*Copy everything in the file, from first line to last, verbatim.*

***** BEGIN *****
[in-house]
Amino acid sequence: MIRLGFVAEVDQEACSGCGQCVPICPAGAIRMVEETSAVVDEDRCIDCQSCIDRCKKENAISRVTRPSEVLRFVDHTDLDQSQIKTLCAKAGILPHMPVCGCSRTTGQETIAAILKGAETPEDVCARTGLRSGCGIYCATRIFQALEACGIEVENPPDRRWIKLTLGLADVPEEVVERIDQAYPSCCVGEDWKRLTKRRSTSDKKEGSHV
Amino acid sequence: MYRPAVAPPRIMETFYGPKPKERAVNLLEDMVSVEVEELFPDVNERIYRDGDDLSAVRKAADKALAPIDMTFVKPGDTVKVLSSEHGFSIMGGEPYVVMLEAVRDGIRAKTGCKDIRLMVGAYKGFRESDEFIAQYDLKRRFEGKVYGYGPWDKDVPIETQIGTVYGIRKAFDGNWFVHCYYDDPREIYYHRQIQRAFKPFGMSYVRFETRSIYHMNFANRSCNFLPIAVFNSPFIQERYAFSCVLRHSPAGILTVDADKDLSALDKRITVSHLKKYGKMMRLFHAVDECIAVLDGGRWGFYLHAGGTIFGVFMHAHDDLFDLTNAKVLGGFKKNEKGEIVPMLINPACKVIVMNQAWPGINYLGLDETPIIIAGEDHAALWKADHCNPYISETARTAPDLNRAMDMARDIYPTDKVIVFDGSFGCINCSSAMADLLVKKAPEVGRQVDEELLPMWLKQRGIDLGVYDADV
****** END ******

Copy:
[in-house]
Amino acid sequence: MIRLGFVAEVDQEACSGCGQCVPICPAGAIRMVEETSAVVDEDRCIDCQSCIDRCKKENAISRVTRPSEVLRFVDHTDLDQSQIKTLCAKAGILPHMPVCGCSRTTGQETIAAILKGAETPEDVCARTGLRSGCGIYCATRIFQALEACGIEVENPPDRRWIKLTLGLADVPEEVVERIDQAYPSCCVGEDWKRLTKRRSTSDKKEGSHV
Amino acid sequence: MYRPAVAPPRIMETFYGPKPKERAVNLLEDMVSVEVEELFPDVNERIYRDGDDLSAVRKAADKALAPIDMTFVKPGDTVKVLSSEHGFSIMGGEPYVVMLEAVRDGIRAKTGCKDIRLMVGAYKGFRESDEFIAQYDLKRRFEGKVYGYGPWDKDVPIETQIGTVYGIRKAFDGNWFVHCYYDDPREIYYHRQIQRAFKPFGMSYVRFETRSIYHMNFANRSCNFLPIAVFNSPFIQERYAFSCVLRHSPAGILTVDADKDLSALDKRITVSHLKKYGKMMRLFHAVDECIAVLDGGRWGFYLHAGGTIFGVFMHAHDDLFDLTNAKVLGGFKKNEKGEIVPMLINPACKVIVMNQAWPGINYLGLDETPIIIAGEDHAALWKADHCNPYISETARTAPDLNRAMDMARDIYPTDKVIVFDGSFGCINCSSAMADLLVKKAPEVGRQVDEELLPMWLKQRGIDLGVYDADV